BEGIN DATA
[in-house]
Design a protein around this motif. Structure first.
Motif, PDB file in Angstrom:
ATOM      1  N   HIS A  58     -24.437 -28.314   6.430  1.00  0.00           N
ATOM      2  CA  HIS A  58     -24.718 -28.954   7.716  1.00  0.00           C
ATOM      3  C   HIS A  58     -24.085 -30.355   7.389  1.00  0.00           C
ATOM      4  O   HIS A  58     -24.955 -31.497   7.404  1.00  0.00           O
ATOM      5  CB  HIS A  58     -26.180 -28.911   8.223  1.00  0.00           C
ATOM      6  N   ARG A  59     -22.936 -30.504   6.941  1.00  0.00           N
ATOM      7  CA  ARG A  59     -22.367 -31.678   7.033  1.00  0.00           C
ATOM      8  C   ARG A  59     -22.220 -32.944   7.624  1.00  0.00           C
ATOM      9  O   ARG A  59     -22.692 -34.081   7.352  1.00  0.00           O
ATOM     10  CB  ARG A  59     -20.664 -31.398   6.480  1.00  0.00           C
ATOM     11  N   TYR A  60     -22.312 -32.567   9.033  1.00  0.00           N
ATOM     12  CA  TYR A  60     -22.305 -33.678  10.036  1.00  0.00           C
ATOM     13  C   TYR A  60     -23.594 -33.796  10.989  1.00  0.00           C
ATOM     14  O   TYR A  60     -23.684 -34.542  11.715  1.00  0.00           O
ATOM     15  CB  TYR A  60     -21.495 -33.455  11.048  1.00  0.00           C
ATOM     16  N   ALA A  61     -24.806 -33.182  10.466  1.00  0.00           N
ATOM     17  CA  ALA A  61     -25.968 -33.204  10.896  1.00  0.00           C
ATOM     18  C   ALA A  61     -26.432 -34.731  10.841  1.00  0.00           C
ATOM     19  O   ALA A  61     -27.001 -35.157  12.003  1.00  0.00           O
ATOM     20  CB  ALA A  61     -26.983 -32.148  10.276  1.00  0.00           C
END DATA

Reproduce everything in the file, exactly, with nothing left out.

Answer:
[in-house]
Design a protein around this motif. Structure first.
Motif, PDB file in Angstrom:
ATOM      1  N   HIS A  58     -24.437 -28.314   6.430  1.00  0.00           N
ATOM      2  CA  HIS A  58     -24.718 -28.954   7.716  1.00  0.00           C
ATOM      3  C   HIS A  58     -24.085 -30.355   7.389  1.00  0.00           C
ATOM      4  O   HIS A  58     -24.955 -31.497   7.404  1.00  0.00           O
ATOM      5  CB  HIS A  58     -26.180 -28.911   8.223  1.00  0.00           C
ATOM      6  N   ARG A  59     -22.936 -30.504   6.941  1.00  0.00           N
ATOM      7  CA  ARG A  59     -22.367 -31.678   7.033  1.00  0.00           C
ATOM      8  C   ARG A  59     -22.220 -32.944   7.624  1.00  0.00           C
ATOM      9  O   ARG A  59     -22.692 -34.081   7.352  1.00  0.00           O
ATOM     10  CB  ARG A  59     -20.664 -31.398   6.480  1.00  0.00           C
ATOM     11  N   TYR A  60     -22.312 -32.567   9.033  1.00  0.00           N
ATOM     12  CA  TYR A  60     -22.305 -33.678  10.036  1.00  0.00           C
ATOM     13  C   TYR A  60     -23.594 -33.796  10.989  1.00  0.00           C
ATOM     14  O   TYR A  60     -23.684 -34.542  11.715  1.00  0.00           O
ATOM     15  CB  TYR A  60     -21.495 -33.455  11.048  1.00  0.00           C
ATOM     16  N   ALA A  61     -24.806 -33.182  10.466  1.00  0.00           N
ATOM     17  CA  ALA A  61     -25.968 -33.204  10.896  1.00  0.00           C
ATOM     18  C   ALA A  61     -26.432 -34.731  10.841  1.00  0.00           C
ATOM     19  O   ALA A  61     -27.001 -35.157  12.003  1.00  0.00           O
ATOM     20  CB  ALA A  61     -26.983 -32.148  10.276  1.00  0.00           C